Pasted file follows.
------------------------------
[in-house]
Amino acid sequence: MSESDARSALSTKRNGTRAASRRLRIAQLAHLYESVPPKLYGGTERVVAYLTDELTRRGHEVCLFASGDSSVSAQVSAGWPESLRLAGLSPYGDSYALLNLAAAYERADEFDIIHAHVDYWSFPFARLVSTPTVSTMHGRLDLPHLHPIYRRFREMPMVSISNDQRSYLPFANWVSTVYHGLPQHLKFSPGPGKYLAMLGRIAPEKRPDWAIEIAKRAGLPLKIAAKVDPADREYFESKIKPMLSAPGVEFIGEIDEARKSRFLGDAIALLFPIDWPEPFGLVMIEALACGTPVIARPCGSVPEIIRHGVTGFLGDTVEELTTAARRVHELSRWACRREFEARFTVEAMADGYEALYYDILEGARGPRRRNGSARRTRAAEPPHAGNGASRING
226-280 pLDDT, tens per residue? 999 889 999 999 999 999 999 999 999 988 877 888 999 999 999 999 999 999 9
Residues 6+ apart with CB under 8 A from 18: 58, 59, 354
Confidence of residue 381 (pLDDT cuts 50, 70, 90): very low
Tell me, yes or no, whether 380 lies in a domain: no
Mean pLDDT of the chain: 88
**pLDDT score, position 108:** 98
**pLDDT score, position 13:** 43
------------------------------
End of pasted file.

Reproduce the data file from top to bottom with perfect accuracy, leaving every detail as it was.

[in-house]
Amino acid sequence: MSESDARSALSTKRNGTRAASRRLRIAQLAHLYESVPPKLYGGTERVVAYLTDELTRRGHEVCLFASGDSSVSAQVSAGWPESLRLAGLSPYGDSYALLNLAAAYERADEFDIIHAHVDYWSFPFARLVSTPTVSTMHGRLDLPHLHPIYRRFREMPMVSISNDQRSYLPFANWVSTVYHGLPQHLKFSPGPGKYLAMLGRIAPEKRPDWAIEIAKRAGLPLKIAAKVDPADREYFESKIKPMLSAPGVEFIGEIDEARKSRFLGDAIALLFPIDWPEPFGLVMIEALACGTPVIARPCGSVPEIIRHGVTGFLGDTVEELTTAARRVHELSRWACRREFEARFTVEAMADGYEALYYDILEGARGPRRRNGSARRTRAAEPPHAGNGASRING
226-280 pLDDT, tens per residue? 999 889 999 999 999 999 999 999 999 988 877 888 999 999 999 999 999 999 9
Residues 6+ apart with CB under 8 A from 18: 58, 59, 354
Confidence of residue 381 (pLDDT cuts 50, 70, 90): very low
Tell me, yes or no, whether 380 lies in a domain: no
Mean pLDDT of the chain: 88
**pLDDT score, position 108:** 98
**pLDDT score, position 13:** 43